A long-lost Charlie Chaplin film not seen since 1922 has been reconstructed by the legendary film star’s archivists.
The Professor had been a mysterious entry in the Chaplin canon, with only a five minute cut of the character ‘Professor Bosco’ at a flea circus thought to exist.
But this week the Chaplin Archives released a 25 minute version of The Professor having established through rediscovered documents that the unreleased two reel film consisted of outtakes and rejected scenes from other projects.
The Chaplin Archives said recent scanning and cataloguing of its documents revealed a six-page shot list of The Professor, complete with inter-titles and camera transitions.
The notes established that the film consisted of footage from other projects Shoulder Arms (1918) and Sunnyside (1919) as well as the unused flea-circus footage.
Given Chaplin’s perfectionism, the Archives believe the cobbled together film was in fact part of a contract negotiation between the star and his production company First National and could have been intended to be offered as the final movie of the star’s eight-film multi-million dollar contract.
At the time Chaplin was planning distribution of his ambitious project The Pilgrim, but he did not want to deliver it under the same terms as a normal two-reeler. It was eventually released as the eighth film of his contract in 1923.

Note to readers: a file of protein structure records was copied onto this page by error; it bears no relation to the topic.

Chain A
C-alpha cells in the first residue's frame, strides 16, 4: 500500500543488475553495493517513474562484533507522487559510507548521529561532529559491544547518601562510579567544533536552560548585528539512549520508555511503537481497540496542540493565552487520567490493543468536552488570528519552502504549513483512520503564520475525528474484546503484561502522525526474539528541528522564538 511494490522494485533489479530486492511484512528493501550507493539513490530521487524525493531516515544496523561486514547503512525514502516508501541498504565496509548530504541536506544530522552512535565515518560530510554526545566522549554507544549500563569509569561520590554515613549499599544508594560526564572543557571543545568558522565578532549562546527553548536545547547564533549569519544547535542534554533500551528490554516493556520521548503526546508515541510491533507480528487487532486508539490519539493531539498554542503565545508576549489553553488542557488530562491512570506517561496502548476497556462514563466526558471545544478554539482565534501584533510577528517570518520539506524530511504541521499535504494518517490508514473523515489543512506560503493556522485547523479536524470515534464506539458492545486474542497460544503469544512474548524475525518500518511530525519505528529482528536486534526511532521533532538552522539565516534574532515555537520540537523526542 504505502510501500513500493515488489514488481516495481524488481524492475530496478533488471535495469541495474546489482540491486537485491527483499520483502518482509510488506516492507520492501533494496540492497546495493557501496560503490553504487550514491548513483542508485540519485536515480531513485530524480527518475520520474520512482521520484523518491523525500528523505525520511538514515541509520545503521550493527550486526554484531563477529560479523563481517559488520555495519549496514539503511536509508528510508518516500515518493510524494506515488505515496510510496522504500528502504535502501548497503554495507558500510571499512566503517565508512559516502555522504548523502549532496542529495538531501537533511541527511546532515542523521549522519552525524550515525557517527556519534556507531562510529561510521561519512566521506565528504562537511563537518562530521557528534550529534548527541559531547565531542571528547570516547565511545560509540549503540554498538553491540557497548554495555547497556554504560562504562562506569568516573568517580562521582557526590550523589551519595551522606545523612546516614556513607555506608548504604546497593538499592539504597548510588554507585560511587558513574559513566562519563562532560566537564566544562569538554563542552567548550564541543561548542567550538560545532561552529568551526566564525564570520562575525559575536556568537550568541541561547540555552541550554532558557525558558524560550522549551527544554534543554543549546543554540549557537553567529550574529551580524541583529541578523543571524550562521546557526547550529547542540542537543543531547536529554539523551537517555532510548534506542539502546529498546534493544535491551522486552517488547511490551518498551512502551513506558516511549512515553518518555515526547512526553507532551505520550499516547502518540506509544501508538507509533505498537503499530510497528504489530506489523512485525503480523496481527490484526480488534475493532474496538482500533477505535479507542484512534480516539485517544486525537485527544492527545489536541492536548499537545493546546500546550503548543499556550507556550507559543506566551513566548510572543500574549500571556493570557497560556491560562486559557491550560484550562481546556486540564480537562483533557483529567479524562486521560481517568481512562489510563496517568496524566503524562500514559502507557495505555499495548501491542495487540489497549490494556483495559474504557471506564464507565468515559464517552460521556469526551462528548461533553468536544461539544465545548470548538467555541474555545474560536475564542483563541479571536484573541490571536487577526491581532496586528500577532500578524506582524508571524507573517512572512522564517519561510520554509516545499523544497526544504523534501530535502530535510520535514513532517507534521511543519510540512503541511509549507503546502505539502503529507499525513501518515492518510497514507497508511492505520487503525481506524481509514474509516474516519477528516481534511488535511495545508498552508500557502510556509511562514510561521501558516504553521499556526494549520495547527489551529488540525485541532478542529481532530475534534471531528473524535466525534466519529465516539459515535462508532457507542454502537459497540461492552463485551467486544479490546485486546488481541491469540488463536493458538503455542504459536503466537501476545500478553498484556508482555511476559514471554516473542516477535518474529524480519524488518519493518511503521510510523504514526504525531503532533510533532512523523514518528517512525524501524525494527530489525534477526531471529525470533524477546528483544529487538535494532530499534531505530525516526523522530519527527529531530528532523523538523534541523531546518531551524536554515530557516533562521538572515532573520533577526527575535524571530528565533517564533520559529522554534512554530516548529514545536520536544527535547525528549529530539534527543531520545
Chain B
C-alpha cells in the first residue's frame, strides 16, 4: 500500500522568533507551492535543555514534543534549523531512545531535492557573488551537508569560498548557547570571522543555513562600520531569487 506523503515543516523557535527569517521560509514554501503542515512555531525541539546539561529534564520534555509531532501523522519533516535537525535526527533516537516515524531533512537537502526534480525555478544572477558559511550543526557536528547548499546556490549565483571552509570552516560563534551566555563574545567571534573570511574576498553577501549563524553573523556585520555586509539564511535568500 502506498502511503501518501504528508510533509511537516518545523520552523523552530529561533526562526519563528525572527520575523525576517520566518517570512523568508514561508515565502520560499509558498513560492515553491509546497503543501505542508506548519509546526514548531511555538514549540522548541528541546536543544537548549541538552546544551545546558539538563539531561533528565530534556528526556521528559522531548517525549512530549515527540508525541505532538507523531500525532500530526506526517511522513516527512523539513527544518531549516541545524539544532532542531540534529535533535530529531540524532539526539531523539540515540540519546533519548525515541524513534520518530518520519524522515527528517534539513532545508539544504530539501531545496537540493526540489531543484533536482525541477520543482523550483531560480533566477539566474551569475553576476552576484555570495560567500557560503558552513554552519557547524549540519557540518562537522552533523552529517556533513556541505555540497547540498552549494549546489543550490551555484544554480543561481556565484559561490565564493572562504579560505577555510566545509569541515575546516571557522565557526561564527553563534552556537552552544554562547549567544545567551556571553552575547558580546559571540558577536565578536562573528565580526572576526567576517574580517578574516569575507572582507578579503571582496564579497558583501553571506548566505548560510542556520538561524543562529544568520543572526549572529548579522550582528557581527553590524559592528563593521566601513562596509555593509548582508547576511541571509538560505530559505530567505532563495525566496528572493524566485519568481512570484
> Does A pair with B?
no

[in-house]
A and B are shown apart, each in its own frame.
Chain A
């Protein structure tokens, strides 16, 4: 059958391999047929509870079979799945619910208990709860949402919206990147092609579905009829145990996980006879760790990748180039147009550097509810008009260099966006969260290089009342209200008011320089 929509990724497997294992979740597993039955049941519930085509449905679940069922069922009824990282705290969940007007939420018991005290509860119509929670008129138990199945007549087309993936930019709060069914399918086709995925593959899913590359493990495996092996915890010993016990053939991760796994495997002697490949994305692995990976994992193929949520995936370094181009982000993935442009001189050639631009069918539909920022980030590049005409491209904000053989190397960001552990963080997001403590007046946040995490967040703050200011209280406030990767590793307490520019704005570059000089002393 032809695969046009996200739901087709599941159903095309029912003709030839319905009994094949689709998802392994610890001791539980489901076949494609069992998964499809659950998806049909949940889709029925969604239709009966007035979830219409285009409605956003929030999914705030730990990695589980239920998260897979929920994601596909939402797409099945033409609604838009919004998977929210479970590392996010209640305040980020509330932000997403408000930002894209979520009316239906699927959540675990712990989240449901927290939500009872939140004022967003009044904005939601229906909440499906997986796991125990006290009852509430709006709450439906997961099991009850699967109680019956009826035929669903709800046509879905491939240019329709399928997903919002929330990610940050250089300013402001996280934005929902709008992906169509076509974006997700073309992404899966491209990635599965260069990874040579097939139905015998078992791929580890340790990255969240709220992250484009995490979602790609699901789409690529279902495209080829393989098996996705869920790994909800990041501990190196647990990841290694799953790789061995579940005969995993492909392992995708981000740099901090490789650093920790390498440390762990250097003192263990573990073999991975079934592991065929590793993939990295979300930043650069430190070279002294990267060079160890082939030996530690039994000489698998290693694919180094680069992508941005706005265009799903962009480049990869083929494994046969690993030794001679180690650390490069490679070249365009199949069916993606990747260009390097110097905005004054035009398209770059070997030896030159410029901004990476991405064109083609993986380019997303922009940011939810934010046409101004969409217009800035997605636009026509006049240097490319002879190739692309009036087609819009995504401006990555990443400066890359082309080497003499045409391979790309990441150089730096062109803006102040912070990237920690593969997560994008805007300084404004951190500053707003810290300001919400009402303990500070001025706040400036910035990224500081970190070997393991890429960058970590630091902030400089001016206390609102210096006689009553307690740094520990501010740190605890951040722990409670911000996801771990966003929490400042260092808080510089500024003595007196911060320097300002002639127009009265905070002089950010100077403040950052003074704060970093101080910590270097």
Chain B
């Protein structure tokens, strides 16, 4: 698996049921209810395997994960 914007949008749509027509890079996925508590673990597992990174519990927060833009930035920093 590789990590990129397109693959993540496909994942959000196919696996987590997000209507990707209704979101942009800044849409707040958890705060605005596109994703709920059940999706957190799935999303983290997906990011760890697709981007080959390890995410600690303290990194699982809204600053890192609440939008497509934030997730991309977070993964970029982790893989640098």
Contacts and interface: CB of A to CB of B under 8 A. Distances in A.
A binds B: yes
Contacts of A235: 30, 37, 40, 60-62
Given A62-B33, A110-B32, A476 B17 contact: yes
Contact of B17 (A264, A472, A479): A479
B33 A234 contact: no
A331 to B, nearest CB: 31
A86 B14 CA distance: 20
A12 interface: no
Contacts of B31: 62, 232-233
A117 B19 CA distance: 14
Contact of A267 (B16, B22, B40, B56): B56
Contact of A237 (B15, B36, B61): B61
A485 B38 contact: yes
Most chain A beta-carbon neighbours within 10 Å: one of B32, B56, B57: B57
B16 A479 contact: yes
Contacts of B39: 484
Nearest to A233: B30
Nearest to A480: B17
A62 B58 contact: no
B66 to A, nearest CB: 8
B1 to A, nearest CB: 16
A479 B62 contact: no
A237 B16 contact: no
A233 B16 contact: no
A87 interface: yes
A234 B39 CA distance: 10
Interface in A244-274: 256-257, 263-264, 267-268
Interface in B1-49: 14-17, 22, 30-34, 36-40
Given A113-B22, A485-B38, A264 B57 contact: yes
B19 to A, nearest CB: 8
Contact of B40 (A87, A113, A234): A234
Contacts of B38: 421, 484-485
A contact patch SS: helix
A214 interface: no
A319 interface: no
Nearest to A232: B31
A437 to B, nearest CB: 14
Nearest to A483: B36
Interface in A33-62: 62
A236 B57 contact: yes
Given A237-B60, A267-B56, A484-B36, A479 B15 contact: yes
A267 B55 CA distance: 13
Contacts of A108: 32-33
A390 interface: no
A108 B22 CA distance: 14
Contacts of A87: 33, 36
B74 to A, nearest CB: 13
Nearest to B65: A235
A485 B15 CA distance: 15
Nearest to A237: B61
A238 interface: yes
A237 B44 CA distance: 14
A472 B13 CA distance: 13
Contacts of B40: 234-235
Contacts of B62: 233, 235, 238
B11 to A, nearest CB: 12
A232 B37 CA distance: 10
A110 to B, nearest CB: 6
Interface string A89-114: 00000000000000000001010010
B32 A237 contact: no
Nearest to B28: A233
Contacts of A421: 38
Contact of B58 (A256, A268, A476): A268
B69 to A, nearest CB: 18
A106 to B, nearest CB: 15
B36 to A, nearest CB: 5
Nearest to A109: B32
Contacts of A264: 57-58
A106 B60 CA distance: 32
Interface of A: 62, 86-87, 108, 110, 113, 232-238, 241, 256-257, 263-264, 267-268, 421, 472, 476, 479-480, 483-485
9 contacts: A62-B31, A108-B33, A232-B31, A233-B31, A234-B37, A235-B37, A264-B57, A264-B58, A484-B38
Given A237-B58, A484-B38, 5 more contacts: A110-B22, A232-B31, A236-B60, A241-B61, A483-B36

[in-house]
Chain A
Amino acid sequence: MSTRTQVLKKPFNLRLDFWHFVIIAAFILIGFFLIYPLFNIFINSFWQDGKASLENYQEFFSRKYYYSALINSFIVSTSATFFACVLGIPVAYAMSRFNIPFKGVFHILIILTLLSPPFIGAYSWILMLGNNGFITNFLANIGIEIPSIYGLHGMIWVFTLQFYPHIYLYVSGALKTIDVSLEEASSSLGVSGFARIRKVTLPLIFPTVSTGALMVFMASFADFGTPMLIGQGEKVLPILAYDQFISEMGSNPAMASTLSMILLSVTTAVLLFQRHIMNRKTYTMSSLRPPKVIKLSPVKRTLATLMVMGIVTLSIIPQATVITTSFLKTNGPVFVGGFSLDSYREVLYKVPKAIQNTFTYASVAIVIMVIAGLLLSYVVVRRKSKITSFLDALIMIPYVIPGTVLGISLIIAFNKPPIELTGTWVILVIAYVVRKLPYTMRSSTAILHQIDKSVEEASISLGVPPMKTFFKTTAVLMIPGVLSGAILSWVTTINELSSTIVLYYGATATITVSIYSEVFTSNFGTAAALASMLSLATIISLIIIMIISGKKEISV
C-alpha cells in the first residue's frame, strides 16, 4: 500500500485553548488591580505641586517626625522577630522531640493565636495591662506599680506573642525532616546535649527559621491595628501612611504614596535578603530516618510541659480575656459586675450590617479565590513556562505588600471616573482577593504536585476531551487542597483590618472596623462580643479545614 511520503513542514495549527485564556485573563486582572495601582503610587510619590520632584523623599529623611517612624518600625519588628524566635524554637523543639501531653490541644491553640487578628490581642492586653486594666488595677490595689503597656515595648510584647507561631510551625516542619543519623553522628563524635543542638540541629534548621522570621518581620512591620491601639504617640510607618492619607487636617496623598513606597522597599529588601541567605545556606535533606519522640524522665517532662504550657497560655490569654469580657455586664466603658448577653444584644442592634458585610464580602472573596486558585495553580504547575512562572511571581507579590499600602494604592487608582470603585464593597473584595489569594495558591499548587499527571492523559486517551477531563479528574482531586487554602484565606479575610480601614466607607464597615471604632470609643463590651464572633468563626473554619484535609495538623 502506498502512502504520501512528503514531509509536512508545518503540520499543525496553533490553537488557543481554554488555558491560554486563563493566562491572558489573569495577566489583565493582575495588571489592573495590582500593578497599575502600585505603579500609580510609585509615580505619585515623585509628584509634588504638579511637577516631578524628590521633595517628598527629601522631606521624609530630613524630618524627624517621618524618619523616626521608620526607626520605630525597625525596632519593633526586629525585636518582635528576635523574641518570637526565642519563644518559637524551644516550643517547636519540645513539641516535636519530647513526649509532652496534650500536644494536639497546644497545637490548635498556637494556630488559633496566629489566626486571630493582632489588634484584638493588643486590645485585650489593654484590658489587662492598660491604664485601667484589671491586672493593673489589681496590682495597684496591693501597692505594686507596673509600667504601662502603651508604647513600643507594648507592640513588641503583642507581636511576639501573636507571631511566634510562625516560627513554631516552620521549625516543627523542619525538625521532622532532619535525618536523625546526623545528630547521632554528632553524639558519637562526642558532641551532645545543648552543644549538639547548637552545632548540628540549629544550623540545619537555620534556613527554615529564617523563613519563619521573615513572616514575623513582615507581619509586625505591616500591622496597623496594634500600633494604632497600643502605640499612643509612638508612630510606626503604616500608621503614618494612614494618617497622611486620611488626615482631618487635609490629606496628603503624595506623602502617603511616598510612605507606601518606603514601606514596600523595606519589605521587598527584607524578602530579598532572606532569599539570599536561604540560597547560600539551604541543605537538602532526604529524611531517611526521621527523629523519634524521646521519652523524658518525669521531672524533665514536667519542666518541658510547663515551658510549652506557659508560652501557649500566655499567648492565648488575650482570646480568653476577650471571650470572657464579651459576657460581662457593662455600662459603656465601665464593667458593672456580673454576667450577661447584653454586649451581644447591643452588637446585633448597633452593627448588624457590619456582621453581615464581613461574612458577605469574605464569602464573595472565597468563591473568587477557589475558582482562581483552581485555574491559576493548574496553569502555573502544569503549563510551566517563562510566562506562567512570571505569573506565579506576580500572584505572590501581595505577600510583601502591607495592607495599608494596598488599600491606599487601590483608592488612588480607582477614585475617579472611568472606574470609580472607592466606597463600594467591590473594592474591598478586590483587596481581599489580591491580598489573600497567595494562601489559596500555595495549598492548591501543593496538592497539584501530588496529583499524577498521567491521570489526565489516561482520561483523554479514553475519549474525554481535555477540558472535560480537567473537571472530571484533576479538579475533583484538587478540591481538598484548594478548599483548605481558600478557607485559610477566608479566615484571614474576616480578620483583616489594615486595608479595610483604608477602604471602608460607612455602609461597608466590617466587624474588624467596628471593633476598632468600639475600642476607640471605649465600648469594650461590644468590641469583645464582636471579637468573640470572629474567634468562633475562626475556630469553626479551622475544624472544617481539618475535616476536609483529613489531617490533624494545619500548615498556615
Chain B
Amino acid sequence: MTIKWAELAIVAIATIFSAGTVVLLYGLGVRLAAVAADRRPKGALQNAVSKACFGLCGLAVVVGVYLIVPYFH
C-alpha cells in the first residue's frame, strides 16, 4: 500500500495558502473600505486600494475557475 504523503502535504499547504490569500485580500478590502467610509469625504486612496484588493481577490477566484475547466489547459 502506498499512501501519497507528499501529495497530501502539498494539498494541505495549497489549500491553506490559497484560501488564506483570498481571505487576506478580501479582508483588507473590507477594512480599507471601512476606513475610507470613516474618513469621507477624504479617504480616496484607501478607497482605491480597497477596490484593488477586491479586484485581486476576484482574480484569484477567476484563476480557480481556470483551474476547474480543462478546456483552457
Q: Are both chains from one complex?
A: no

The Archives say Chaplin tried to work the flea circus footage in other movies – finally putting it on screen in 1952’s Limelight – and telling a 1957 interviewer about his struggle to find a film to run the flea circus footage.
“There’s one joke that I’ve always wanted to use. I thought of it as long ago as The Kid, but I couldn’t find a spot for it in that film,” Chaplin told Margaret Hixman
“It’s a man with a flea circus. He goes into a dosshouse … the fleas get loose. He runs around searching for the fleas, calling them by name. Everyone is scratching furiously. Finally, he manages to round up all the fleas but one. There’s a big man with a great straggling beard. He spots a flea in the beard, picks it out, studies it intently, then says ‘Sorry, wrong one’ and puts it back.
“And the pay-off is when a scrawny old dog starts scratching itself. The flea trainer sees it, makes a grab for the dog; and it races off down the street with the little man, calling his lost fleas, chasing after.
“I used a little of that in Limelight, but I’ve never been able to fit the whole episode in anywhere.”